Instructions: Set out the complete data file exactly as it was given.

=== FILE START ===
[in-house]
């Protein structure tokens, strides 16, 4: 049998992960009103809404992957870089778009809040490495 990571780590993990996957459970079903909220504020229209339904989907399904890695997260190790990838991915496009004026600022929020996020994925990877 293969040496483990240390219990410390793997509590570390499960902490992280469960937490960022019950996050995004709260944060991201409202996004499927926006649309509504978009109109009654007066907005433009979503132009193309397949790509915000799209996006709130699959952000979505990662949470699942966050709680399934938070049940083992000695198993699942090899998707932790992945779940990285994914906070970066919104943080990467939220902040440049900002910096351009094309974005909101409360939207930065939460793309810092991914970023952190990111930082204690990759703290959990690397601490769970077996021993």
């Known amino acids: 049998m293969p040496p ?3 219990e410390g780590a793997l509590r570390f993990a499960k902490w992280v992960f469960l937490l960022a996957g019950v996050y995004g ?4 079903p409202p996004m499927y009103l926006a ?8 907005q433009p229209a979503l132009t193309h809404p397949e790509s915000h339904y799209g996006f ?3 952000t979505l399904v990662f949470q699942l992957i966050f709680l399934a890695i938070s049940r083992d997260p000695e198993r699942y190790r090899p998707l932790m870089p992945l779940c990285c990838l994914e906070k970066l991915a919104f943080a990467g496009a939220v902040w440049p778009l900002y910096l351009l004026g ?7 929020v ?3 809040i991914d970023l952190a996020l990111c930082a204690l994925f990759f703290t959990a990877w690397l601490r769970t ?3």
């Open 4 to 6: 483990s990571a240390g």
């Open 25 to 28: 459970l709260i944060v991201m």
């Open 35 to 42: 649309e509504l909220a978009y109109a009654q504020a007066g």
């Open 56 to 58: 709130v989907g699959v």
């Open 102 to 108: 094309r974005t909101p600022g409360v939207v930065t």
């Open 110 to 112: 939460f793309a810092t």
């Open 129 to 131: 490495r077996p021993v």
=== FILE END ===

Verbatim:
[in-house]
């Protein structure tokens, strides 16, 4: 049998992960009103809404992957870089778009809040490495 990571780590993990996957459970079903909220504020229209339904989907399904890695997260190790990838991915496009004026600022929020996020994925990877 293969040496483990240390219990410390793997509590570390499960902490992280469960937490960022019950996050995004709260944060991201409202996004499927926006649309509504978009109109009654007066907005433009979503132009193309397949790509915000799209996006709130699959952000979505990662949470699942966050709680399934938070049940083992000695198993699942090899998707932790992945779940990285994914906070970066919104943080990467939220902040440049900002910096351009094309974005909101409360939207930065939460793309810092991914970023952190990111930082204690990759703290959990690397601490769970077996021993």
């Known amino acids: 049998m293969p040496p ?3 219990e410390g780590a793997l509590r570390f993990a499960k902490w992280v992960f469960l937490l960022a996957g019950v996050y995004g ?4 079903p409202p996004m499927y009103l926006a ?8 907005q433009p229209a979503l132009t193309h809404p397949e790509s915000h339904y799209g996006f ?3 952000t979505l399904v990662f949470q699942l992957i966050f709680l399934a890695i938070s049940r083992d997260p000695e198993r699942y190790r090899p998707l932790m870089p992945l779940c990285c990838l994914e906070k970066l991915a919104f943080a990467g496009a939220v902040w440049p778009l900002y910096l351009l004026g ?7 929020v ?3 809040i991914d970023l952190a996020l990111c930082a204690l994925f990759f703290t959990a990877w690397l601490r769970t ?3």
């Open 4 to 6: 483990s990571a240390g």
């Open 25 to 28: 459970l709260i944060v991201m």
């Open 35 to 42: 649309e509504l909220a978009y109109a009654q504020a007066g």
């Open 56 to 58: 709130v989907g699959v």
């Open 102 to 108: 094309r974005t909101p600022g409360v939207v930065t």
């Open 110 to 112: 939460f793309a810092t």
């Open 129 to 131: 490495r077996p021993v």